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What is it with all the copycats?

The other day I was working behind my laptop and discovered the ‘Mail’ program. Because I normally use Outlook I figured that I wouldn’t need the mail program anymore. Little did I realize that it was actually part of a combination: ‘Mail and Calendar’ and I definitely wanted to keep the Calendar part, especially because it showed my upcoming appointments on the start menu. Unfortunately I only realized the obvious when it was too late and I was staring at a gaping hole in my start menu.

So how to get them back?  I searched online for a solution and discovered several websites which all provided a PowerShell command to “reinstall all default applications”. The only problem… the command was plain out wrong. So how could so many websites all miss out on the obvious?  Here’s my take…

Check your facts!

There is an ongoing problem with media these days, and I am not only talking about blogs and such but also newspapers as a whole… It would seem hardly anyone bothers to check their facts. Even if all it takes is one simple command…

See, many blogs will tell you that in order to re-install all default apps you need the following PowerShell command:

Get-AppxPackage -allusers | foreach {Add-AppxPackage -register "$($_.InstallLocation)\appxmanifest.xml" -DisableDevelopmentMode}

…there’s just one problem. If you actually bother to check the help page for Get-AppxPackage you’ll notice one small detail: “gets a list of the app packages that are installed in a user profile”. Removed programs aren’t installed as far as I know, so why some people claim this can re-install removed packages is way beyond me.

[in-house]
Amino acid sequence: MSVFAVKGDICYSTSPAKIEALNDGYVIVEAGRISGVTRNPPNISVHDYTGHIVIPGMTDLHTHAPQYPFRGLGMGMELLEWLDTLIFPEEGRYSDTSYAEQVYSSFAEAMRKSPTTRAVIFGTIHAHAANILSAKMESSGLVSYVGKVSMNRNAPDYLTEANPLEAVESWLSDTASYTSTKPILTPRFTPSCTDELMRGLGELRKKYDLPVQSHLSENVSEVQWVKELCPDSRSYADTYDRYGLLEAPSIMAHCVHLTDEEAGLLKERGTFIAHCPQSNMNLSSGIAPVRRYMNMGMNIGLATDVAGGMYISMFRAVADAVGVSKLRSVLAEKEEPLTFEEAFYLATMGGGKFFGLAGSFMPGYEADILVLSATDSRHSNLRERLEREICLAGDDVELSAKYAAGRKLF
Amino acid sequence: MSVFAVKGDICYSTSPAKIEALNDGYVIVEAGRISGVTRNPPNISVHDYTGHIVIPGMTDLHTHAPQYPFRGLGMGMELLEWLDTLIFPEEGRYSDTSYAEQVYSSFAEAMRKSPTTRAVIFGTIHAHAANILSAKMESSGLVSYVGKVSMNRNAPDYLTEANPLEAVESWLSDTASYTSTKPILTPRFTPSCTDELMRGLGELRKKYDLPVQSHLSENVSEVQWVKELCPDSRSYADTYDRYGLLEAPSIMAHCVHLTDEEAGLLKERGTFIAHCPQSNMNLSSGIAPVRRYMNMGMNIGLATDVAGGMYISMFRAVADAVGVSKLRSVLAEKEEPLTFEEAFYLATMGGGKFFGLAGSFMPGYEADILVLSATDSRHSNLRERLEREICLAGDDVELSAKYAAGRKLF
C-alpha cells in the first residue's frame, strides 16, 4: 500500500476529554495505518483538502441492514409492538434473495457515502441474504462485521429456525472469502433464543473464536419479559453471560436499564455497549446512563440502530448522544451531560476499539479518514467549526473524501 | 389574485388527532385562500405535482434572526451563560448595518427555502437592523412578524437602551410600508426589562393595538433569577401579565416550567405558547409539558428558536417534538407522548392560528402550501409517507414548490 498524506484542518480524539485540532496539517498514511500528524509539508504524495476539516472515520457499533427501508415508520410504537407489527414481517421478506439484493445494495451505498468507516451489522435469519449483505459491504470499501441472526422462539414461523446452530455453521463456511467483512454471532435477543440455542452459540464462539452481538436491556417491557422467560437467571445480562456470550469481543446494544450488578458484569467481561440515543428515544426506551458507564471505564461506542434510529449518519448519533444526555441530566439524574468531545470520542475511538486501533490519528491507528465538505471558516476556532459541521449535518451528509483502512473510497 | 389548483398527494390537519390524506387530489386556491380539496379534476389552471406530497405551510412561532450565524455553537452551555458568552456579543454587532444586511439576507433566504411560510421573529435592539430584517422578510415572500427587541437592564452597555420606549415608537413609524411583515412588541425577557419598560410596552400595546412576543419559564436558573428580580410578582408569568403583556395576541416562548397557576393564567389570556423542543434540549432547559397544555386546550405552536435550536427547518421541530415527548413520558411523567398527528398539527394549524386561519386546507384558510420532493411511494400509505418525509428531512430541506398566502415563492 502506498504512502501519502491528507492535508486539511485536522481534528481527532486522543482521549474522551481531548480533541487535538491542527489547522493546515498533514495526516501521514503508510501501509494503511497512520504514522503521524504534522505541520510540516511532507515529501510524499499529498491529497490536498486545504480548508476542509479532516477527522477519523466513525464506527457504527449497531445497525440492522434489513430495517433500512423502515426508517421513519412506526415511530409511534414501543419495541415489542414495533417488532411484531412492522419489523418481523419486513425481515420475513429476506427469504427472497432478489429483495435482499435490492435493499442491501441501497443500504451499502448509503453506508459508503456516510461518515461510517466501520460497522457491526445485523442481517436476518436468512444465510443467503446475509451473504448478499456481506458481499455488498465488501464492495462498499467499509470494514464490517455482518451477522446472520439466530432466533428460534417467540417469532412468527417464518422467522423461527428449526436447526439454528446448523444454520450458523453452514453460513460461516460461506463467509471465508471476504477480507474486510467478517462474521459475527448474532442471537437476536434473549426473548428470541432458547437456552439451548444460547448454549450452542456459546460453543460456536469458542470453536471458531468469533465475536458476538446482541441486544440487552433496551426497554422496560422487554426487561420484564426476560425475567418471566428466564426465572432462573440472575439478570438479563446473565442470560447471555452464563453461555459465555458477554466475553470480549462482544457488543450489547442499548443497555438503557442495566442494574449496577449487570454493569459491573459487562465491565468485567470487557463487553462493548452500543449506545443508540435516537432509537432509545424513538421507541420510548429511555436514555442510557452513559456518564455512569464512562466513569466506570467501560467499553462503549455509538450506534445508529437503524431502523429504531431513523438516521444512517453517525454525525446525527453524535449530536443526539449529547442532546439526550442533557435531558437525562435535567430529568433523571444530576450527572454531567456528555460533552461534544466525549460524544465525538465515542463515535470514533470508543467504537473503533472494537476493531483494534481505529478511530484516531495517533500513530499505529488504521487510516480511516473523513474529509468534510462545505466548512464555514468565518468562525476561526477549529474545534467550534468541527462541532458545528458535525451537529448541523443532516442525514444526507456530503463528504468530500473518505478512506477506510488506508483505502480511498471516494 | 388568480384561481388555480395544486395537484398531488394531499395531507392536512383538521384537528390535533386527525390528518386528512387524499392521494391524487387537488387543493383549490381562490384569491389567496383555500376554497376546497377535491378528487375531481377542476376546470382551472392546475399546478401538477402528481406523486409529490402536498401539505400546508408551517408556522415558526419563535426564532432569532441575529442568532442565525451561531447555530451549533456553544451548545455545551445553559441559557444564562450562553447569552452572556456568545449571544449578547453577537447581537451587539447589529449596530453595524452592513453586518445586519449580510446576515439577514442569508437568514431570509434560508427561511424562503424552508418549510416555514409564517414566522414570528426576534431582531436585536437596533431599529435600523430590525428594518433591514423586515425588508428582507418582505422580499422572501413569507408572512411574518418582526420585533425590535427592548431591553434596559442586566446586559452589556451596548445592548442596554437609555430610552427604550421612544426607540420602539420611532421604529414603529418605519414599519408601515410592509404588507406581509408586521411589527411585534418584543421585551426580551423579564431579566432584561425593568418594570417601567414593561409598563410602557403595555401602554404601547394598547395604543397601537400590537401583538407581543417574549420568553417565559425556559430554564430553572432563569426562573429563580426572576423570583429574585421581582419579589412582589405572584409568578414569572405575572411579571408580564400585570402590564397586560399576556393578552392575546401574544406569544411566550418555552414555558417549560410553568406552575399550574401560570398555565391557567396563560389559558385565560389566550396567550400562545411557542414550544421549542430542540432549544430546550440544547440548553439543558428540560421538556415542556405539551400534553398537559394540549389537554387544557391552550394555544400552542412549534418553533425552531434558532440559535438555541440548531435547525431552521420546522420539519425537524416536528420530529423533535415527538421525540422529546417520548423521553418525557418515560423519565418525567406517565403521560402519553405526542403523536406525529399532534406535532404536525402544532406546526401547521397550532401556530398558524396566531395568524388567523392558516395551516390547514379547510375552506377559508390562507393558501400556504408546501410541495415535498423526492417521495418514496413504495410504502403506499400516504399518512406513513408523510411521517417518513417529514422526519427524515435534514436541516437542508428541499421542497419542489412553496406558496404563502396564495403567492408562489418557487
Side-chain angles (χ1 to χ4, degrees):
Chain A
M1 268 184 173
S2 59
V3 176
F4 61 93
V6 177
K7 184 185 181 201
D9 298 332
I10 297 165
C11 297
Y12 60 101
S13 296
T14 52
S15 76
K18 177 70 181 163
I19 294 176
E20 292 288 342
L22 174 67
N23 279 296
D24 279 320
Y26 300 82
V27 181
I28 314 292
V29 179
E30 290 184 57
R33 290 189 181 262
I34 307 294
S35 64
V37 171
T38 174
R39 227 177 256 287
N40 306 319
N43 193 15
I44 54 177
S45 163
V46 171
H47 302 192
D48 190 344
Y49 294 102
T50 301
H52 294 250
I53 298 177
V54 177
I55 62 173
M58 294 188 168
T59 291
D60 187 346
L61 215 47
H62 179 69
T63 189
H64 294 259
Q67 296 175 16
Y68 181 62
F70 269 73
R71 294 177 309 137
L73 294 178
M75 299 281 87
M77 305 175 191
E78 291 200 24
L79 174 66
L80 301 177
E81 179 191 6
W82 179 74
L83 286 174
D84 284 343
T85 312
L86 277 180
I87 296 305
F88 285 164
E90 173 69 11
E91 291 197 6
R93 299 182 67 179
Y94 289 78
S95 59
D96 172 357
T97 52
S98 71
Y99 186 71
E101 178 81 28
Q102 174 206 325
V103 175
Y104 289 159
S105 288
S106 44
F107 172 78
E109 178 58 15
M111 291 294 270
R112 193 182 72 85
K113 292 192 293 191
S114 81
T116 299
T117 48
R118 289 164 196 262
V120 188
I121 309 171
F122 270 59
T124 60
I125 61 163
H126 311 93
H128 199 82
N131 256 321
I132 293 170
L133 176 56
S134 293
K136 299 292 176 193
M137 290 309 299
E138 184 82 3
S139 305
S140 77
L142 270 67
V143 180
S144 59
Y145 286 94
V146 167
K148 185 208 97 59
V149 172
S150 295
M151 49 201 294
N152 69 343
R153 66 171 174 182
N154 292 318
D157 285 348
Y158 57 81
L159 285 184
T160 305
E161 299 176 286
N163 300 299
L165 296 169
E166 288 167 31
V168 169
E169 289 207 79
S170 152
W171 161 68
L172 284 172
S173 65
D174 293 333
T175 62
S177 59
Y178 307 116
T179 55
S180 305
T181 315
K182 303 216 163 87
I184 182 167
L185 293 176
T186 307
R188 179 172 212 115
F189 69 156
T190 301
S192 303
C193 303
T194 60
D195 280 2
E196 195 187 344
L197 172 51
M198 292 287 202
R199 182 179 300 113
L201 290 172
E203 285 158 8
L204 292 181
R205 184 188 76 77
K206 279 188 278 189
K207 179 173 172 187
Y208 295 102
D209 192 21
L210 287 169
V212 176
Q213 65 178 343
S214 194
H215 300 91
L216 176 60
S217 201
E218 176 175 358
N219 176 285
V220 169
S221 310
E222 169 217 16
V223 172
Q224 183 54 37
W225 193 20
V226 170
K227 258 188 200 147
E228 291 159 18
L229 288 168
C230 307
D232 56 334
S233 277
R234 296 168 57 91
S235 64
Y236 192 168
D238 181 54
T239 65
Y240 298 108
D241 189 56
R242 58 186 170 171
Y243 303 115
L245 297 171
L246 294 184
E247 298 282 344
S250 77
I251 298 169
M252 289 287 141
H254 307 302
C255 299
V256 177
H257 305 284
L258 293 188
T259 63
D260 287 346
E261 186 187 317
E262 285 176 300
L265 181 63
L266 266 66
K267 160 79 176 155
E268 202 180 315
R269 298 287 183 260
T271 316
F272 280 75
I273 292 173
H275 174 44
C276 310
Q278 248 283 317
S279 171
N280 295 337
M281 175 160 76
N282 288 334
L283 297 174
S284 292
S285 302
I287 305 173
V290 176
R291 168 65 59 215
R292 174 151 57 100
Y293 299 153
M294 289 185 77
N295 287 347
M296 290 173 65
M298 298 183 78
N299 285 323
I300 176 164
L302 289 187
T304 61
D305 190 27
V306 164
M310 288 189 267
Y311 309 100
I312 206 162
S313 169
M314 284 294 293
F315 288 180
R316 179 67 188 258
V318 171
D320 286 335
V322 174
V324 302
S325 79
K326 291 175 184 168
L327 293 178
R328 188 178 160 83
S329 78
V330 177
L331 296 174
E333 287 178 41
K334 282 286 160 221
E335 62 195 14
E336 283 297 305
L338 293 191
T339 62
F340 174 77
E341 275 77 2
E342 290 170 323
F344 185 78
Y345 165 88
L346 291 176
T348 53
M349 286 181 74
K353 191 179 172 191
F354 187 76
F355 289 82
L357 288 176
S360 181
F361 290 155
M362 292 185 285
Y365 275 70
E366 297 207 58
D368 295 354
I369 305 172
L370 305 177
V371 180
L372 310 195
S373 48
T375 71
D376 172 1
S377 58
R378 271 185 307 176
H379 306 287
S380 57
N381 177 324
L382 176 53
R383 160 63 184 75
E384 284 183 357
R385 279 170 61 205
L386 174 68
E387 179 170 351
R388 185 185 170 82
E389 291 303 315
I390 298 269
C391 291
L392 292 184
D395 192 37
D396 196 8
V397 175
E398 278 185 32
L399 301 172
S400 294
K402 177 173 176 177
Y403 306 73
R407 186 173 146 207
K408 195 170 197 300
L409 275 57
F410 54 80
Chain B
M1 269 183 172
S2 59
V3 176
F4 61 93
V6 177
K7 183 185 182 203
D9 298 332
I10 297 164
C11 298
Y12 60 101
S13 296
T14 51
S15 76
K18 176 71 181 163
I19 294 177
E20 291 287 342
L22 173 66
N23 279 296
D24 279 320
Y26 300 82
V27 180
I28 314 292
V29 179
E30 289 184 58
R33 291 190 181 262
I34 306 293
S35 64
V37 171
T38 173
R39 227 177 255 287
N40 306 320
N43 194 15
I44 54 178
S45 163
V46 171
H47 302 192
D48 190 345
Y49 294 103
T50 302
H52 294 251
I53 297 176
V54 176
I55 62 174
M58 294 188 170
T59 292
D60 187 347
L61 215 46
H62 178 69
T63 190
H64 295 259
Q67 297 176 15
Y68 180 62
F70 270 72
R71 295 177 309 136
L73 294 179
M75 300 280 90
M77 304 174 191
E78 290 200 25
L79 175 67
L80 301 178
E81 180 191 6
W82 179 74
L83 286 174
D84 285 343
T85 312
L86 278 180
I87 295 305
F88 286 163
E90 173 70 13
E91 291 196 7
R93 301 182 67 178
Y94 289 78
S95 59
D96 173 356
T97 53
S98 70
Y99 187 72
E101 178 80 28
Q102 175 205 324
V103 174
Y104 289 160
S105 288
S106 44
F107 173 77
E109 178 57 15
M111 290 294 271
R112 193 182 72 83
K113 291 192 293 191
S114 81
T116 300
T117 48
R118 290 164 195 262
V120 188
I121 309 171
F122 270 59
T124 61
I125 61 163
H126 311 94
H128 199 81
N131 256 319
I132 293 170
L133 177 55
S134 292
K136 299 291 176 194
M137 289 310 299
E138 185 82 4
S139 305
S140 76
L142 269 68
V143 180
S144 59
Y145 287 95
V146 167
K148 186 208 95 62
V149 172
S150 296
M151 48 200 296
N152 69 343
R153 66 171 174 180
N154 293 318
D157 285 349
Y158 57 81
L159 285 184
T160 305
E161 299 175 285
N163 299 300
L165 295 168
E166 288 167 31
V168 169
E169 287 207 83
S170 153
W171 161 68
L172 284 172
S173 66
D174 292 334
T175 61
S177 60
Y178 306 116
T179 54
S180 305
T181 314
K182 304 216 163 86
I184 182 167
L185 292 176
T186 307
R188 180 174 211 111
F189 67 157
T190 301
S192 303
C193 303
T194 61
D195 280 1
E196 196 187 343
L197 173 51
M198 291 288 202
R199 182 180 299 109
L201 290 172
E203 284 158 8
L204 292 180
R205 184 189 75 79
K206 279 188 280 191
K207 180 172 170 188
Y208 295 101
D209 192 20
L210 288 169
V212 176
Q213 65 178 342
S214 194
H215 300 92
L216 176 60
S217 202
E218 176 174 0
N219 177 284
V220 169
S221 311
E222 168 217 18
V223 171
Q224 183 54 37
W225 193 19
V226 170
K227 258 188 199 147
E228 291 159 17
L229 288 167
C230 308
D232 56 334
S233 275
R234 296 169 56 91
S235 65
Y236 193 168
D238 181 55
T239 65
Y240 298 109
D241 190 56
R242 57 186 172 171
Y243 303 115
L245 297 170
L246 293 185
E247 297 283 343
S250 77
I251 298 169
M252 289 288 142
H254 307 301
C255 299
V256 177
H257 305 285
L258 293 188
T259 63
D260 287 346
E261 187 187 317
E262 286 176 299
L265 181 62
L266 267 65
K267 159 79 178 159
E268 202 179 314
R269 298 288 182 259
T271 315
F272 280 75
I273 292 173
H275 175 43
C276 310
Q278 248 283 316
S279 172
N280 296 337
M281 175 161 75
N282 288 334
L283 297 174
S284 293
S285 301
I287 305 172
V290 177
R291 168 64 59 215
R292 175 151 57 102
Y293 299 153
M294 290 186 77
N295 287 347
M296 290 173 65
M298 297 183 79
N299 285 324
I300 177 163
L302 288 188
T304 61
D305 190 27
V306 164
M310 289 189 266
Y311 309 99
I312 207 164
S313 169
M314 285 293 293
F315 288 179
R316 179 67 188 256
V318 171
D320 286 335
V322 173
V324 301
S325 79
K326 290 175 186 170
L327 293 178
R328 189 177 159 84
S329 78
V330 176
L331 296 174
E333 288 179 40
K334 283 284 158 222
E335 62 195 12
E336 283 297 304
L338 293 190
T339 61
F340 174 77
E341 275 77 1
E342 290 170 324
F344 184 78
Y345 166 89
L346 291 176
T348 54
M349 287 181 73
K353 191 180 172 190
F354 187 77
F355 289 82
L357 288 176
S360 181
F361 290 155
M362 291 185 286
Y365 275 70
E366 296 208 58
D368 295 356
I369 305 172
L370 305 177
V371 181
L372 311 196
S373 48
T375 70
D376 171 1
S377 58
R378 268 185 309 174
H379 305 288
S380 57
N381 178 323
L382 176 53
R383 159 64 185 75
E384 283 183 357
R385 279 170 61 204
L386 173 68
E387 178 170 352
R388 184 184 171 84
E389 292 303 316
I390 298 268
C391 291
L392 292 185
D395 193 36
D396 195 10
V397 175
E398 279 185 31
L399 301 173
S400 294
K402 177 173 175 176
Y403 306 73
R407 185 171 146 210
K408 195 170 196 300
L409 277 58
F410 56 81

Of course it’s not: people don’t bother to check their sources anymore, even if all it takes is one simple Get-Help command.

So how did all this happen? Well…

Understanding what you’re writing about

The confusion begins with this TechNet article. You will notice that it lists the same command as I shared above, but there’s a difference. It clearly states that this command resets or re-installs default apps. In other words: it’s primary use is to reset (or reinstall) the default apps on your system which are misbehaving. This method is preferred because re-installing (or resetting) Windows 10 as a whole will take a lot more time.

But this doesn’t mean that deleted apps suddenly get magically reset. Also notice mention of the command Get-ProvisionedAppxPackage. This command gets information about app packages that are part of an image; and installing or removing apps will never affect such images.

Of course it’s much easier to simply copy the one thing that everyone else is saying… Who cares if they’re wrong?

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August 22, 2019 - Posted by | Editorial, PowerShell | , , ,

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